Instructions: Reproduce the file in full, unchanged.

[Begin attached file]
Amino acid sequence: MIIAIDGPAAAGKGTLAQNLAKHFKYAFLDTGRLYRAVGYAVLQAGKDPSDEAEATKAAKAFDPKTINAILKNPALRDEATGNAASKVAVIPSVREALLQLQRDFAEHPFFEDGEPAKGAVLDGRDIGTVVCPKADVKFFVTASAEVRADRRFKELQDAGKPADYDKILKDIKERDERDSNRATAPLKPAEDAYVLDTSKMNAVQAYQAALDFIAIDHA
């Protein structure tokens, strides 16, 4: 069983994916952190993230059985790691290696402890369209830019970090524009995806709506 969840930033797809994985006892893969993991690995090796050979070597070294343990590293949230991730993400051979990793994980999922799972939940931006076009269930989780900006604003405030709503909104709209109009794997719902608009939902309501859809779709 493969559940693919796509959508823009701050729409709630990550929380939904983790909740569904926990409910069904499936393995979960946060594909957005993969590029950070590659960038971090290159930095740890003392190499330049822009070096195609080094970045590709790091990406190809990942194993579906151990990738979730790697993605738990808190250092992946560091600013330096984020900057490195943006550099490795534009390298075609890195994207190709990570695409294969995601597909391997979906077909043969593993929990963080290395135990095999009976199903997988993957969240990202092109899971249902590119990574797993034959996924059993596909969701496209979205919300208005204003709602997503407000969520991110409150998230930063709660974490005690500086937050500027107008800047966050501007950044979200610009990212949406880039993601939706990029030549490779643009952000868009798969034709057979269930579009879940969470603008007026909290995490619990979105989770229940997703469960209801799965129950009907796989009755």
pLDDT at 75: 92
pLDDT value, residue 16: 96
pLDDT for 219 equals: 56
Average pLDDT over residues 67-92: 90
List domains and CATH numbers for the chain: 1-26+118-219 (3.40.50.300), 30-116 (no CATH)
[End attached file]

Amino acid sequence: MIIAIDGPAAAGKGTLAQNLAKHFKYAFLDTGRLYRAVGYAVLQAGKDPSDEAEATKAAKAFDPKTINAILKNPALRDEATGNAASKVAVIPSVREALLQLQRDFAEHPFFEDGEPAKGAVLDGRDIGTVVCPKADVKFFVTASAEVRADRRFKELQDAGKPADYDKILKDIKERDERDSNRATAPLKPAEDAYVLDTSKMNAVQAYQAALDFIAIDHA
């Protein structure tokens, strides 16, 4: 069983994916952190993230059985790691290696402890369209830019970090524009995806709506 969840930033797809994985006892893969993991690995090796050979070597070294343990590293949230991730993400051979990793994980999922799972939940931006076009269930989780900006604003405030709503909104709209109009794997719902608009939902309501859809779709 493969559940693919796509959508823009701050729409709630990550929380939904983790909740569904926990409910069904499936393995979960946060594909957005993969590029950070590659960038971090290159930095740890003392190499330049822009070096195609080094970045590709790091990406190809990942194993579906151990990738979730790697993605738990808190250092992946560091600013330096984020900057490195943006550099490795534009390298075609890195994207190709990570695409294969995601597909391997979906077909043969593993929990963080290395135990095999009976199903997988993957969240990202092109899971249902590119990574797993034959996924059993596909969701496209979205919300208005204003709602997503407000969520991110409150998230930063709660974490005690500086937050500027107008800047966050501007950044979200610009990212949406880039993601939706990029030549490779643009952000868009798969034709057979269930579009879940969470603008007026909290995490619990979105989770229940997703469960209801799965129950009907796989009755």
pLDDT at 75: 92
pLDDT value, residue 16: 96
pLDDT for 219 equals: 56
Average pLDDT over residues 67-92: 90
List domains and CATH numbers for the chain: 1-26+118-219 (3.40.50.300), 30-116 (no CATH)